As a meteorologist, I have to be concerned about the quality of my forecasts. I always want to know whether they are correct.
On November 11, I posted a piece called Dagger in the Drought? where I forecast significant drought relief to the southern Plains between then and Thanksgiving. Since no rain is forecast in the region of interest tomorrow, we can go ahead the validate that forecast.
Here is the map I presented on the eleventh:
And, below here is the actual rainfall from the 11th to today:
|click to enlarge, data from NWS|
The forecast rainfall between the DFW Metroplex south to I-10 between Houston and San Antonio is too high. Elsewhere, the forecast is quite good (considering it is a 13-day forecast) right down to the dry area from western Kansas into northeast New Mexico.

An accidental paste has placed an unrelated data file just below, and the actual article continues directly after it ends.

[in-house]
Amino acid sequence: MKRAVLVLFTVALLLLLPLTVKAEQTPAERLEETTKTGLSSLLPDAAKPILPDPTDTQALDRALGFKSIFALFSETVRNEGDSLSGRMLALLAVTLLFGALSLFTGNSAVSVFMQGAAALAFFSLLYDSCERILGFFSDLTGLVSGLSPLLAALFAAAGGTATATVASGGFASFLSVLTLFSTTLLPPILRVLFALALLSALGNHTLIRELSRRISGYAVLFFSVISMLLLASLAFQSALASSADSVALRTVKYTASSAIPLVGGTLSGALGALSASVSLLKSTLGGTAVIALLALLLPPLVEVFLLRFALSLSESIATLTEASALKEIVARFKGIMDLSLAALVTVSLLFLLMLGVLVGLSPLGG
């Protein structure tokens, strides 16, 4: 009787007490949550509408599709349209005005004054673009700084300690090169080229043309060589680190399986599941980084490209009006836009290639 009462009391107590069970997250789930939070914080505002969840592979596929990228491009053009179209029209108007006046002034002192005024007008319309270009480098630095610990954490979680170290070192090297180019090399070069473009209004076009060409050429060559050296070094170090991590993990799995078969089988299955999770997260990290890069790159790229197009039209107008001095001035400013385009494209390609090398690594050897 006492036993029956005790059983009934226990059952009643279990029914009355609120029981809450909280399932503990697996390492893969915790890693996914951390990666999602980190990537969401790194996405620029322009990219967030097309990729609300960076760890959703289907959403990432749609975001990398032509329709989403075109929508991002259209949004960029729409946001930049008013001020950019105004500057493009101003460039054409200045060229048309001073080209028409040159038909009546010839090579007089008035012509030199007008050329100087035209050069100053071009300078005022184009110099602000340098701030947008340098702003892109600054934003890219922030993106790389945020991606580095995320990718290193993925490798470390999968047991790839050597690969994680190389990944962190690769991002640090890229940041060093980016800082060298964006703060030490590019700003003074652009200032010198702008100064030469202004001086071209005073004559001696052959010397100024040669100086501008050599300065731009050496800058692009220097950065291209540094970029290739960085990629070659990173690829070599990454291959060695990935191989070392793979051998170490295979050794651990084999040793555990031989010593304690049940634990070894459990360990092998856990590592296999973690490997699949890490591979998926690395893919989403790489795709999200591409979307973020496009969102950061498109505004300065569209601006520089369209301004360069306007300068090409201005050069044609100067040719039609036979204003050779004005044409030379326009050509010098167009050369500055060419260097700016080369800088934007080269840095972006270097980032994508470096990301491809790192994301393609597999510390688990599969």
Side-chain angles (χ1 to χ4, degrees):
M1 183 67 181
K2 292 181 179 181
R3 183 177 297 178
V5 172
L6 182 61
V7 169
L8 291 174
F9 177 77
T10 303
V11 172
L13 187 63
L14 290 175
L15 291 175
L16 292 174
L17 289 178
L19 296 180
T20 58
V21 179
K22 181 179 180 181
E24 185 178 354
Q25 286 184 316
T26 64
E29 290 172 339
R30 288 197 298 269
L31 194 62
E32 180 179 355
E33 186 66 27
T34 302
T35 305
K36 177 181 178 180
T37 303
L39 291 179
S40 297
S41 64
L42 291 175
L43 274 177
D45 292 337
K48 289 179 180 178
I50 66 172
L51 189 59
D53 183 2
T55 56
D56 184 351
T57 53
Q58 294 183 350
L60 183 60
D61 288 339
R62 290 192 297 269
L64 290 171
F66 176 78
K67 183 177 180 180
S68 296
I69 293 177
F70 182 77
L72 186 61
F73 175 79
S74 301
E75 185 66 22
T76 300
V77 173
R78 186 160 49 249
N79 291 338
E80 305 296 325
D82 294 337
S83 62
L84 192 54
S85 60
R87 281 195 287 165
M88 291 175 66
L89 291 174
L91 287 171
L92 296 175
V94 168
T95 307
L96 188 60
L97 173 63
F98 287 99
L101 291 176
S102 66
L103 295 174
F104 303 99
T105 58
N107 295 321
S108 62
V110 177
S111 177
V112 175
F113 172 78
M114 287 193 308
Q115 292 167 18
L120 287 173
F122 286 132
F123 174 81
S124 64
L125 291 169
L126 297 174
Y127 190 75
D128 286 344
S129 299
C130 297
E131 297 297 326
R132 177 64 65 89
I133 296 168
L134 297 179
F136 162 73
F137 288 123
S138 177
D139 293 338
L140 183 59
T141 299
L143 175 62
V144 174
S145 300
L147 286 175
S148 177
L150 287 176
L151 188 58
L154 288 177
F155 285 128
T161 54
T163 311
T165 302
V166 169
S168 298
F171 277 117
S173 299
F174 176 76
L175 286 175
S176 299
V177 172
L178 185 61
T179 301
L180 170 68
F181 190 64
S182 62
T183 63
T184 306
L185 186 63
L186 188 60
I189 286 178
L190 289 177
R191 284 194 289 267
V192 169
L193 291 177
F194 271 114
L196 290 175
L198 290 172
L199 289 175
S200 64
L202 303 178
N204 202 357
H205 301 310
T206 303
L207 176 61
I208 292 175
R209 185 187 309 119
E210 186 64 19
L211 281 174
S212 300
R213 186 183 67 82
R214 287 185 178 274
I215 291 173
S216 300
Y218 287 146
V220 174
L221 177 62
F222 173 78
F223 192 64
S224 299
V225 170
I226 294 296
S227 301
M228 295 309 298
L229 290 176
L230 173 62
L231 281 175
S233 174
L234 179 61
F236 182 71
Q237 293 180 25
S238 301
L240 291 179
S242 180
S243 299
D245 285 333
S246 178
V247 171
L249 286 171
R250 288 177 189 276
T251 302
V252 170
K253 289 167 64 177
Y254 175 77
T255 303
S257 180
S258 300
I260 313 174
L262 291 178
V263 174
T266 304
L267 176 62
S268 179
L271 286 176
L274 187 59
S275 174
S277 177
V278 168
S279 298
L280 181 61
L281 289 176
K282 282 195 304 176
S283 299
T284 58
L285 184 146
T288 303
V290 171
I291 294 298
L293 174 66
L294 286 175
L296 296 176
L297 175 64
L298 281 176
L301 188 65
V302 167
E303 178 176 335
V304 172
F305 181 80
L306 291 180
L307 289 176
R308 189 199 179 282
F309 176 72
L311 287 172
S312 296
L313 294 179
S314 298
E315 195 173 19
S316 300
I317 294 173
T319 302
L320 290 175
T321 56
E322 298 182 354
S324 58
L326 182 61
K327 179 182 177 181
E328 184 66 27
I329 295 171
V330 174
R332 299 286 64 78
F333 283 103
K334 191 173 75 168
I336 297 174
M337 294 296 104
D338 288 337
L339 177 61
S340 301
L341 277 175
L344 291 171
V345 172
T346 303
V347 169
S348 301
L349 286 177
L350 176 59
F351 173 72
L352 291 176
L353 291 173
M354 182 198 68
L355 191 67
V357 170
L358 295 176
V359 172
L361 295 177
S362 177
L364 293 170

The purple on the lower map represents areas where 10 inches or more fell. Those areas were entirely within the European model’s forecast area of 5 inches or more. Remarkable!
When I made the forecast, I was expecting a third storm on Thanksgiving day. Turns out the models were about 24-30 hours too fast. It will move across the Plains during the calendar day Friday and into the pre-dawn hours Saturday. More helpful rain expected.
Considering how far into the future this forecast stretched, I’d give it an A-, with the minus for the over forecast in central Texas where rains were lighter than forecast.
What grade would you give it? Feel free to post your thoughts in the comments.